Mood Disorders Associated in Patients With COVID-19 Long-Haul Syndrome
Killian Meara, assistant editor for ContagionLive, joined the MJH Life Sciences team in November 2020. He graduated from William Paterson University with a degree in liberal studies, and concentrations in history and psychology. He enjoys film, reading, and pretending he is a good cook. Follow him on Twitter @krmeara or email him at [email protected]
One-third of the participants reported that they had trouble performing basic, daily living activities.
A recent study conducted by investigators from the Mayo Clinic has discovered that patients who have been diagnosed with post-COVID-19 syndrome, otherwise known as COVID-19 long-haul syndrome, can experience cognitive impairment, fatigue and mood disorders which could impact returning to work or taking part in normal activities.
Results from the study were published in the journal Mayo Clinic Proceedings.
"Most patients in the study had no preexisting comorbidities prior to COVID-19 infection, and many did not experience symptoms related to COVID-19 that were severe enough to require hospitalization," Greg Vanichkachorn, first author on the study said. "Most of the patients had normal or nondiagnostic lab and imaging results, despite having debilitating symptoms. That's among the challenges of diagnosing PCS in a timely way and then responding effectively."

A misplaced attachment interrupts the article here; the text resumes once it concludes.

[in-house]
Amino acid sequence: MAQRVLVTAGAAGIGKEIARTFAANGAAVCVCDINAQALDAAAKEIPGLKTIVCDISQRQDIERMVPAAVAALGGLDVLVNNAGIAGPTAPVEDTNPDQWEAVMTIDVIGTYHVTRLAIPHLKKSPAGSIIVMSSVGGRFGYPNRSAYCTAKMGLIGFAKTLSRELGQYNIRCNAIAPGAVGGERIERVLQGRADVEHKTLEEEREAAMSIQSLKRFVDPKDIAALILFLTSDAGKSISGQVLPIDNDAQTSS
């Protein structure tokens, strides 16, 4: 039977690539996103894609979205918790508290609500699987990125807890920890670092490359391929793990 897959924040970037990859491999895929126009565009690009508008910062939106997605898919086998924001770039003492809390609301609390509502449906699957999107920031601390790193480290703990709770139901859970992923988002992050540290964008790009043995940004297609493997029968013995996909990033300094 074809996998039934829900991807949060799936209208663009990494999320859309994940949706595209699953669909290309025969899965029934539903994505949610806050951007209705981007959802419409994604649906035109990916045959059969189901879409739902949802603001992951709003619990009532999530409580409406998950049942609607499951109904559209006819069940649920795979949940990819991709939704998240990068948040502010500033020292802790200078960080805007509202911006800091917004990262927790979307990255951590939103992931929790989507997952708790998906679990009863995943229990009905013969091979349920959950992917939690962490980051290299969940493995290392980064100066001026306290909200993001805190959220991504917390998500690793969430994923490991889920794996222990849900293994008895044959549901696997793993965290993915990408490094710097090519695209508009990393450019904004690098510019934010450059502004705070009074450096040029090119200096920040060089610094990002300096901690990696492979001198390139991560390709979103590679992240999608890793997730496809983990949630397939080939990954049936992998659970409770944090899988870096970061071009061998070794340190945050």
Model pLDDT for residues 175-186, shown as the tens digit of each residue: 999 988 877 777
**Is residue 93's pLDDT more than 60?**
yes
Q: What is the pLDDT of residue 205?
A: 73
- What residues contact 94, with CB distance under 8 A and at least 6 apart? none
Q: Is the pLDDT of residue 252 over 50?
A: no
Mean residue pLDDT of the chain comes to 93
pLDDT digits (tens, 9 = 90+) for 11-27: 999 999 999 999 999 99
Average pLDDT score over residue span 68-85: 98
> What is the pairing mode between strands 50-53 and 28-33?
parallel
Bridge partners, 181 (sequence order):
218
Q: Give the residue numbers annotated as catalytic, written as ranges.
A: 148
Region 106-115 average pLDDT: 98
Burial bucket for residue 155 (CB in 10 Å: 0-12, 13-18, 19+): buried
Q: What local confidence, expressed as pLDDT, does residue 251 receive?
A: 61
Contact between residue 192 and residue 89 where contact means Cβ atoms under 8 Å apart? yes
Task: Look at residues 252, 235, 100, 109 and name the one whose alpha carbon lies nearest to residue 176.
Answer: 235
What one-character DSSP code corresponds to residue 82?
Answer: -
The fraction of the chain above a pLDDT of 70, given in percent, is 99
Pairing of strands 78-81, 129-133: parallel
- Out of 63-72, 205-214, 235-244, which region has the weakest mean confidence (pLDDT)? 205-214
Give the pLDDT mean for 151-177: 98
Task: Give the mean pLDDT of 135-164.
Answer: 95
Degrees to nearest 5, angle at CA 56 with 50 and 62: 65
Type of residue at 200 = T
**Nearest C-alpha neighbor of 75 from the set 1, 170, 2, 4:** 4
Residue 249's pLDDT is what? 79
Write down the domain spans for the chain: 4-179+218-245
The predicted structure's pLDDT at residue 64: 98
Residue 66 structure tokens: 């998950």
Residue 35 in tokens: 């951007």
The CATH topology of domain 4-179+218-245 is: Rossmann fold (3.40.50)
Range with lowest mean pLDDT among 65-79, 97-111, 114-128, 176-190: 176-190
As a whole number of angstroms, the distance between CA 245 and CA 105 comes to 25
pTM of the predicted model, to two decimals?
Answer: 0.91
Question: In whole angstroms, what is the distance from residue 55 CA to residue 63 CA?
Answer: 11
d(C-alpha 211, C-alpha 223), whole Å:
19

For the study, the investigators followed the first 100 patients to take part in the Mayo Clinic’s COVID-19 Activity Rehabilitation program (CARP), a multidisciplinary program which is aiming to evaluate and treat patients with post-COVID-19 syndrome.
The participants were 68% female with a mean age of 45, and were evaluated a mean of 93 days after their infection with COVID-19.
Results from the study showed that the most common symptom reported was fatigue, with around 80% of the participants experiencing it. Respiratory complaints were seen in 59% of the patients, with a similar amount reporting neurologic complaints.
One of the most distressing findings showed that more than 1/3 of the participants said that they had trouble performing basic activities of daily living.
"While many patients had fatigue, more than half also reported troubles with thinking, commonly known as 'brain fog.' And more than one-third of patients had trouble with basic activities of life. Many could not resume their normal work life for at least several months." Vanichkachorn said. "As the pandemic continues, we expect to see more patients who experience symptoms long after infection, and health care providers need to prepare for this, know what to look for, and know how to best provide for their patients' needs."